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Let's assume the host is not encrypted, and all files on it are accessible. A VM with LUKS encryption is saved, meaning its memory is now residing as a regular file on the host, does that memory also include the LUKS master key? In a recoverable format?

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    Yes. It would be strange if it was not so. – deviantfan Jun 21 '18 at 10:08
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Yes, the memory image saved on the host will contain the LUKS master key, and if a knowledgeable person were to study the memory image, they could extract the key in a usable form.

Try resuming the VM. Notice that it picks up where it left off, without asking for a disk encryption password. Since the system can't read the disk without the key, either the key must have been in the memory image already, or the guest must have recovered the key from somewhere else (maybe the host?).

But typical VM snapshotting doesn't interact with the guest at all: since the host can capture the entire state of the guest, it's simplest and most reliable to just save that state, rather than trying to communicate with an unknown guest OS that may or may not be working properly at the time. (One good use of virtual machines is debugging operating systems code.)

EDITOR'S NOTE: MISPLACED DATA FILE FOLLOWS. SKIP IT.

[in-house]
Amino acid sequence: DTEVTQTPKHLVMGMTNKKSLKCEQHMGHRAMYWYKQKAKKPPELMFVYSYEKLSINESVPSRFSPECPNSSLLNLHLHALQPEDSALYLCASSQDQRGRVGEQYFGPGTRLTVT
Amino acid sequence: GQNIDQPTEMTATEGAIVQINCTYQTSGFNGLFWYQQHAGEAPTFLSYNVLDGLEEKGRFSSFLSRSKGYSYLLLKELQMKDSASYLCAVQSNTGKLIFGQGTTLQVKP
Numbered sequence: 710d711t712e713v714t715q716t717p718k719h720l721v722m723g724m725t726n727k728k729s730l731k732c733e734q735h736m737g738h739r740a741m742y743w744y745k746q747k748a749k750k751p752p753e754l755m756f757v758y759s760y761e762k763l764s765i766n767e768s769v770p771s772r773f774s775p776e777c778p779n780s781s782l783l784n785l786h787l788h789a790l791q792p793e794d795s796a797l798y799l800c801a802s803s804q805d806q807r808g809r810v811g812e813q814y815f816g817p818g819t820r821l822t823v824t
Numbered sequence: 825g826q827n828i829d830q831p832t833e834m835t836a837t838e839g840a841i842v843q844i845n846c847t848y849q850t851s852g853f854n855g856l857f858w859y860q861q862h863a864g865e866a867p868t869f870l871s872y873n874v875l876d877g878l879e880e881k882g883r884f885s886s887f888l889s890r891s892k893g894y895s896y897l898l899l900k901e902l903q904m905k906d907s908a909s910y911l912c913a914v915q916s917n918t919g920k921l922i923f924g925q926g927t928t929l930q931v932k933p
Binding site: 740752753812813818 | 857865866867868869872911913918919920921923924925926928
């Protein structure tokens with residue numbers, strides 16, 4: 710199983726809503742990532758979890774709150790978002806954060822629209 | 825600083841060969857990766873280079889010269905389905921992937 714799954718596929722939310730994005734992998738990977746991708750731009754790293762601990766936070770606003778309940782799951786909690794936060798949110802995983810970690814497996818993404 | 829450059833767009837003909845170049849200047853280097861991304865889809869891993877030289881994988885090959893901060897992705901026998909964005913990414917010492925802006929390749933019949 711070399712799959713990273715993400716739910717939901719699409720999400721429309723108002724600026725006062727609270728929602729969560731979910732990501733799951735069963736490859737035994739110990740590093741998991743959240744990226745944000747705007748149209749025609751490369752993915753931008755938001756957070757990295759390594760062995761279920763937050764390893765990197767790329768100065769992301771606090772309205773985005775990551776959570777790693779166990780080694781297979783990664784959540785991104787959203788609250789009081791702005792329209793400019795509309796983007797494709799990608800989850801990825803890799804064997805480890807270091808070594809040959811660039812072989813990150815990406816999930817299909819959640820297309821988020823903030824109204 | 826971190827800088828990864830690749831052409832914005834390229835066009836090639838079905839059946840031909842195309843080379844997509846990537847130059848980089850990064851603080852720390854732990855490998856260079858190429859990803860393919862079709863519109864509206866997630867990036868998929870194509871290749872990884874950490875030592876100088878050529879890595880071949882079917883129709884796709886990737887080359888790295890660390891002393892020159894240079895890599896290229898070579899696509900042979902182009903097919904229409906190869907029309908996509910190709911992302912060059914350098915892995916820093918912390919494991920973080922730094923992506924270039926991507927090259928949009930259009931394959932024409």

One easy alternative would be to let the guest make its own saved state. Tell the guest VM to suspend to disk, and it will forget the key. Then it will ask for the disk encryption password when it resumes.

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    To be more precise, the key itself is not present in memory, but the expanded round keys are, which are of course sufficient to decrypt the disk. For some algorithms like AES, the round keys can actually be used to compute the initial key. – forest Jun 22 '18 at 1:52

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